Michael Kemp Michael Kemp 5:53 pm 16 Mar 21

    Tramcar Trev needs an act of parliament I believe. So in your opinion how are try going to get from the present line down to say Bega and onto Eden? What freight would they send down there, logs? Also I believe the bridge at Chakula is stuffed so that’s another couple of million to fix before you even try to get down to sea level.

    Tramcar Trev Tramcar Trev 6:06 pm 16 Mar 21

    Michael Kemp Yes the state government has to degazette the line. Has to be done on an individual basis as each of these branch lines was established by a separate act of parliament... The line is cut in several places where roads have been realigned and crossings used to be. Yes that's the Numeralla River bridge at Chakola... All the bridges would have to be replaced to run modern trains on the line... There were a few proposed routes but all involved a fair bit of tunnelling. The plan was to utilise Eden because its a deep water port. Lots of stuff could be exported from there, wool, grains, minerals which all currently go all the way to port botany or Port Kembla where overcrowding is an issue.... Its a good idea but the costs are prohibitive, surfaces just prior to NSW elections.

    Tramcar Trev Tramcar Trev 6:09 pm 16 Mar 21

    Oh there was another idea to use the line to take all the ACT and Qbn putrescible garbage to Woodlawn Bioreactor but that was shelved because too much track work would have to be done along the Molongolo gorge to make it worthwhile..

    Michael Kemp Michael Kemp 6:16 pm 16 Mar 21

    Interesting theory, I’m not surprised that it comes up around ejection time, but like high speed rail. Only thing would be you still have to come all the way to Goulburn to go south again, why not just keep going to Kembla or botany. I do understand that Eden has the deep water. Saw the log shipped from the port inside Ben Boyd Nat park a couple of years back.

    Tramcar Trev Tramcar Trev 6:20 pm 16 Mar 21

    Oh there was another idea to use the line to take all the ACT and Qbn putrescible garbage to Woodlawn Bioreactor but that was shelved because too much track work would have to be done along the Molongolo gorge to make it worthwhile..

Meg Cavanagh Meg Cavanagh 6:37 pm 15 Mar 21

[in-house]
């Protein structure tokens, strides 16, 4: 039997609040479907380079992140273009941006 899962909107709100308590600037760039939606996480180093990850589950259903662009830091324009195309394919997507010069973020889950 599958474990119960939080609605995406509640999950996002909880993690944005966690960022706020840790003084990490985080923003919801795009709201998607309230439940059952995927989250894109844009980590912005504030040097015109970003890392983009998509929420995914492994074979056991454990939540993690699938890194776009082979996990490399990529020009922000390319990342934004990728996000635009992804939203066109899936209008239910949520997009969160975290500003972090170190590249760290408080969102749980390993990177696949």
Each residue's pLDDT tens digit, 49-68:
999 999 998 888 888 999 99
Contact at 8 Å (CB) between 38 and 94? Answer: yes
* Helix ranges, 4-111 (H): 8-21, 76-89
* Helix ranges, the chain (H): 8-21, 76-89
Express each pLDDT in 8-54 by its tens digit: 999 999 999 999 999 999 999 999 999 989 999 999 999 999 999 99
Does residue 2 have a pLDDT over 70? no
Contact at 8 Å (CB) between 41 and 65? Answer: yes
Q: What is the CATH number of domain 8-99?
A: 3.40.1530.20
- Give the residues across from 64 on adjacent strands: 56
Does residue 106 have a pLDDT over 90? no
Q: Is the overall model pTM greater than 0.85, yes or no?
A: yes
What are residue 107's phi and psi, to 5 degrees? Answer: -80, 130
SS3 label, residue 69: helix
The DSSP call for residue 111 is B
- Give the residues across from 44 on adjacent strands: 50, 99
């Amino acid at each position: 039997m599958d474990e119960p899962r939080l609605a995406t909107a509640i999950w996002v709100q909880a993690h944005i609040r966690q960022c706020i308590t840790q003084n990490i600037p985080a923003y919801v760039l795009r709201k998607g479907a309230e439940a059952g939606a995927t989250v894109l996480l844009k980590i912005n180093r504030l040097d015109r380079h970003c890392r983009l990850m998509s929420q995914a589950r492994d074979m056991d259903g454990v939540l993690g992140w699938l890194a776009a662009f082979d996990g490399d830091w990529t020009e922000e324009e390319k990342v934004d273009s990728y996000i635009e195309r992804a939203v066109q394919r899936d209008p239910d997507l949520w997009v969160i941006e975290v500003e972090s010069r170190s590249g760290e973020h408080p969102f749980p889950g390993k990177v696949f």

I would love to see it opened up.

Eric Anthony Lucas Eric Anthony Lucas 5:05 pm 15 Mar 21

The rail line would cost a fortune to reopen, and it ran at a loss for years before it closed. Why would that be different now?

    Justin Watson Justin Watson 6:39 pm 15 Mar 21

    Eric Anthony Lucas Yeah the only way I can see it actually working is if they first fixed the rail line from Canberra to Sydney. If you make it easy for Sydney siders to get to Canberra by rail, then an extension south might make sense but it would need to go to the Snowfields and not Bombala for it to be even remotely viable IMO.

    Eric Anthony Lucas Eric Anthony Lucas 7:50 pm 15 Mar 21

    Justin Watson yes, Canberra should surely have priority.

    Jason Roberts Jason Roberts 6:52 pm 16 Mar 21

    Eric Anthony Lucas 6.4 billion to reinstall the line to Eden. Completely unviable

D LANGTON D LANGTON 4:27 pm 15 Mar 21

Opening this line ticks so many boxes, one could be forgiven for thinking they are filing out a lotto card…manually !
Freight is just the start, taking people & trucks off the Monaro Highway, people commuting to Canberra & QBN, JOC from Royalla, Michelago, Bredbo, Cooma , Nimmatabel and Bomballa.
They would all be satte lite towns giving people other options more affordable than Canberra & QBN. Then connect to the ACT light rail, connect to Queanbeyan – Sydney rail line that “is going to upgraded”. The more these people think the more expensive it gets.
How about we just pull out of Afghanistan. At 10 Billion to end of 2019 and counting and we will have the budget to do this and just about anything thing else we have been waiting for in the last 20 years.
It has got to be done!

nobody nobody 3:58 pm 15 Mar 21

Repair and extend the line down to Eden, so it can be used for tourism and industry. Tourists could travel from Canberra to Eden by train for the beach and whale watching, as an alternative to the slow and busy trip to Bateman’s Bay by car. Eden is the largest fishing port in NSW, and the catch could be sent to Canberra by train, then sent directly to international destinations from the airport. International cruise ships also visit the port at Eden, so passengers could connect with international fights to and from Canberra.

    Capital Retro Capital Retro 5:19 pm 15 Mar 21

    When was the last time a cruise ship called in at Eden and more importantly, when will the next one visit if indeed there will be another one?

    When was the last time seafood was sent anywhere to a market by train? Have you any idea how slow a train from Eden to Queanbeyan would be? You would be able to smell it when it was going through Cooma.

    As for whale watching, give me a break!

    Maya123 Maya123 5:36 pm 08 Jul 21

    Refrigeration has existed for some time now.

Nick Anderson Nick Anderson 2:19 pm 15 Mar 21

Reopening the line with a faster train would be a very smart idea.

Michael McDonald Michael McDonald 2:06 pm 15 Mar 21

If there was a train to Cooma/Bombala, I sure would visit more often.

Bryce Jarvis Bryce Jarvis 1:57 pm 15 Mar 21

It should be opened to allow the people of cooma and bombala to easily travel to Canberra for work or lesiure

    Chris Vlahos Chris Vlahos 2:52 pm 15 Mar 21

    Bryce Jarvis should also be there for skii season to help get some of the maniacs off the road. Imagine if it could possibly link up to ski tube via Cooma.

    Bryce Jarvis Bryce Jarvis 3:14 pm 15 Mar 21

    Chris Vlahos that is an awesome idea. If only reasonably minded folk ran the country.

    Chris Bennetts Chris Bennetts 5:30 pm 15 Mar 21

    Chris Vlahos Interesting idea, but the cost would be astronomical. An improved road coach service would be a better alternative.

    Chris Vlahos Chris Vlahos 6:58 pm 15 Mar 21

    Chris Bennetts would pay for itself in the long run. Less road maintenance needed, more tourism, lifes saved not driving. A rail link from Sydney/canberra/cooma/ski tube would get thousands of cars per year off the road.

    But yes I agree upfront cost would be substantial.